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KIEV, April 10. /TASS/. The number of Ukrainians ready to take to streets in protest against social deterioration is now the biggest in the past decade, a Ukrainian political expert said on Friday.
"Today, the potential for protest is much higher than it was before the ‘maidan’ [Maidan is the name for Kiev's downtown Independence Square, which is the symbol of Ukrainian protests that started when President Viktor Yanukovich refused to sign an association agreement with the European Union in November 2013 - TASS]: about ten to fifteen percent are ready to take to streets to express their protests," Ruslan Bortnik, the director of the Ukrainian Policy Analysis and Management Institute, said at a news conference answering TASS’ question about perspectives of social protests in Ukraine over the sharp deterioration of living standards. In his words, this is the highest percentage in the past ten years.
At the same time, he noted that despite the worsening social situation Ukrainians are not taking to streets because there is no real leader. "There is no leader who would enjoy confidence of these potential protesters" because of the actions of the current Ukrainian authorities, Bortnik said. "Any person who might potentially be a leader of these protest movements immediately falls under information, administrative and other kinds of pressure from the authorities and hence cannot take a position maidam leaders enjoyed during the Viktor Yanukovich regime."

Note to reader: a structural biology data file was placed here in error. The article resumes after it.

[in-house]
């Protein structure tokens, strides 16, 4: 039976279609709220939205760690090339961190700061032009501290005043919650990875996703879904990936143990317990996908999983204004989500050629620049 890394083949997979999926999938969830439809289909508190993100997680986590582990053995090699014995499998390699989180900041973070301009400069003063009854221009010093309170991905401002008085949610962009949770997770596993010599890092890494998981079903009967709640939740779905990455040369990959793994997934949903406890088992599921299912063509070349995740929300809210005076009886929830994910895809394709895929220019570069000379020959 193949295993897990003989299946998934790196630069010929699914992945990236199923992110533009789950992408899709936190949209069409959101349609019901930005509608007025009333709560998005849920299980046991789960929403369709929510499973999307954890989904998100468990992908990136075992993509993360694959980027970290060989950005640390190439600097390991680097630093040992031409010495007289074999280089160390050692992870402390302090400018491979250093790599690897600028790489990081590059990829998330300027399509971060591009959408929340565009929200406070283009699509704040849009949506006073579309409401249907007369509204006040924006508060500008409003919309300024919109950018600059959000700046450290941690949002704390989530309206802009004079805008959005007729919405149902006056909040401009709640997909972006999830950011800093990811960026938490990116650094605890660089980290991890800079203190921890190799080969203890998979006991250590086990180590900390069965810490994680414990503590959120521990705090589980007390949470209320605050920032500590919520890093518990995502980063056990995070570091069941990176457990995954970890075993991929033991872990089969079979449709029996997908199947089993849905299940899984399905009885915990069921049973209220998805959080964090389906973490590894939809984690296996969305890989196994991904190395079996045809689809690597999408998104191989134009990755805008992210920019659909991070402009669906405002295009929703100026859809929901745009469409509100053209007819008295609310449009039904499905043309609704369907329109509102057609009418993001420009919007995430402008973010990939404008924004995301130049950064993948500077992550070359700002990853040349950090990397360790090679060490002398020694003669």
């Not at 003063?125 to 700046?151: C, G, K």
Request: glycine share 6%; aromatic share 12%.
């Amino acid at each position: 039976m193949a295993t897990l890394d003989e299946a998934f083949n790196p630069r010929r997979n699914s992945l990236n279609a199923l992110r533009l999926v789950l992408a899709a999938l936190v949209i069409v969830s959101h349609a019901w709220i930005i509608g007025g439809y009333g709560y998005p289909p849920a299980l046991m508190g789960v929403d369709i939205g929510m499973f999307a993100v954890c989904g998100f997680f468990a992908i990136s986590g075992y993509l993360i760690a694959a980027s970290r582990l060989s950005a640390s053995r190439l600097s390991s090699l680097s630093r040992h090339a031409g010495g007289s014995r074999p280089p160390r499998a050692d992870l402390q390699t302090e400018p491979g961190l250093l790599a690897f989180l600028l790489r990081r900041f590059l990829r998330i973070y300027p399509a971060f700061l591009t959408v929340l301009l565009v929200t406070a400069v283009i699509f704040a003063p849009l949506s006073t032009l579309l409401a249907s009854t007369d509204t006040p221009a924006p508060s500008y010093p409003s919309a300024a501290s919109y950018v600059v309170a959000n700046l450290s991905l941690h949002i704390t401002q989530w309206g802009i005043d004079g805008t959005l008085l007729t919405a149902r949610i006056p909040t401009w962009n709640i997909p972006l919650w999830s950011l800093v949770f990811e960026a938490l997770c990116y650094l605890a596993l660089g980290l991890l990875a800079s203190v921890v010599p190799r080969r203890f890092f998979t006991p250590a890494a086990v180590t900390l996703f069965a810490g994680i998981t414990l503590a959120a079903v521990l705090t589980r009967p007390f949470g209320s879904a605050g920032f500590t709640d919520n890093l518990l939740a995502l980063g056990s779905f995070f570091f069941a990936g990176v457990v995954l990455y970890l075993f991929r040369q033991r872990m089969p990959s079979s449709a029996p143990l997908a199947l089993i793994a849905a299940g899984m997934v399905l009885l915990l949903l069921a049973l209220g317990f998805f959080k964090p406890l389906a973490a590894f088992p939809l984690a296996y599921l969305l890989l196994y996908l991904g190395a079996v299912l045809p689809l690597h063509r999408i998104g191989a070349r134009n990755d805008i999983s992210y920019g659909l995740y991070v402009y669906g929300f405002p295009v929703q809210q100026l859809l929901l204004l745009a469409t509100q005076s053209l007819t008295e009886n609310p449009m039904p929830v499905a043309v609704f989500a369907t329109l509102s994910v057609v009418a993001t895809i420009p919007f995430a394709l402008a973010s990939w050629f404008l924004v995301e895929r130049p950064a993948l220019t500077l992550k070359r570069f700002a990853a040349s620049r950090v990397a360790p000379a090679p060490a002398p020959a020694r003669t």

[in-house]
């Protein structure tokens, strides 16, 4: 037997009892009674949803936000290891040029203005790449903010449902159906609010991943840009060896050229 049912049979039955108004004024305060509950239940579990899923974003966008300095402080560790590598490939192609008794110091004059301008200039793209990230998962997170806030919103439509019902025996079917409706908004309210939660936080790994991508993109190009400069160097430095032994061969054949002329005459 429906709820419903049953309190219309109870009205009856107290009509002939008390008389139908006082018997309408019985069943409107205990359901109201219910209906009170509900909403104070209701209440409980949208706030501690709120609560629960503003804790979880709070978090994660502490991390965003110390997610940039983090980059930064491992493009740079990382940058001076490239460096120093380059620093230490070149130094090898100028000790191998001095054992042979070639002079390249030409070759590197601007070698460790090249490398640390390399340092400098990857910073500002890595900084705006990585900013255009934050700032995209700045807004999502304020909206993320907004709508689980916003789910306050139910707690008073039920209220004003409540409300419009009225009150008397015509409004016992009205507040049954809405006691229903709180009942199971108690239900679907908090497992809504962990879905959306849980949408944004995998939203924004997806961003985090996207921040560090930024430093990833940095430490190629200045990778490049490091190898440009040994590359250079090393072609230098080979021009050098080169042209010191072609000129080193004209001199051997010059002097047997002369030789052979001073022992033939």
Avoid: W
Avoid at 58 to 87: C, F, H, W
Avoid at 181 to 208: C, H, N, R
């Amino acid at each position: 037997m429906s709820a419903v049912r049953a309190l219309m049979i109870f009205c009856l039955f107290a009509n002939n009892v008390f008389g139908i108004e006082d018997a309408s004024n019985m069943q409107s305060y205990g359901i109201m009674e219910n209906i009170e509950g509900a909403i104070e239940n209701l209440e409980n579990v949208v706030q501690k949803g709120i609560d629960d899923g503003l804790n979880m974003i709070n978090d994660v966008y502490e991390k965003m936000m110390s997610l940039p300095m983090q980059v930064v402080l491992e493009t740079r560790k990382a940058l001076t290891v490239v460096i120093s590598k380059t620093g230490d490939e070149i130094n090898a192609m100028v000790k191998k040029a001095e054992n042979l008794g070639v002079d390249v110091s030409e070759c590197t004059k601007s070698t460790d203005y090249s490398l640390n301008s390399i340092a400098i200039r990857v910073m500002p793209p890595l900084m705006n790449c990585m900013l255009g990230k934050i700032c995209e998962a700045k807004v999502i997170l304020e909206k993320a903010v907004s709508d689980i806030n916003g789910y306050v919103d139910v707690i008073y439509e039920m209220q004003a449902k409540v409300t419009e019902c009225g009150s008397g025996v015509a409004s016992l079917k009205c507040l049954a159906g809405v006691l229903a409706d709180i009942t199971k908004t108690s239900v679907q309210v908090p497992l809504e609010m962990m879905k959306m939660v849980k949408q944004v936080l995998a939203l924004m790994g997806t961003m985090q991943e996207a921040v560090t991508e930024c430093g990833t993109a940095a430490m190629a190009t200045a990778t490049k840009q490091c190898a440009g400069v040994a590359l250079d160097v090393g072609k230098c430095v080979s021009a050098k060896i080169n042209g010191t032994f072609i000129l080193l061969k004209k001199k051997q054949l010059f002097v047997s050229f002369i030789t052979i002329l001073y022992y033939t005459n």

Konstantin Bondarenko, the director of the Ukrainian Politics Fund, noted that social tensions in Ukrainian society might trigger a Haiti-type scenario of developments. "The situation in Ukraine might follow the Haiti scenario, when the semi-totalitarian authorities use a special stratum which bullies any manifestations of opposition thought and keeps a lid on any manifestations of social discontent," he said.
Consumer prices in Ukraine have hiked by 45.8% on March 2014, while real wages dropped by 6.5% According to the Fund of Mandatory State Insurance against Unemployment, the number of people who have no permanent jobs nears five million.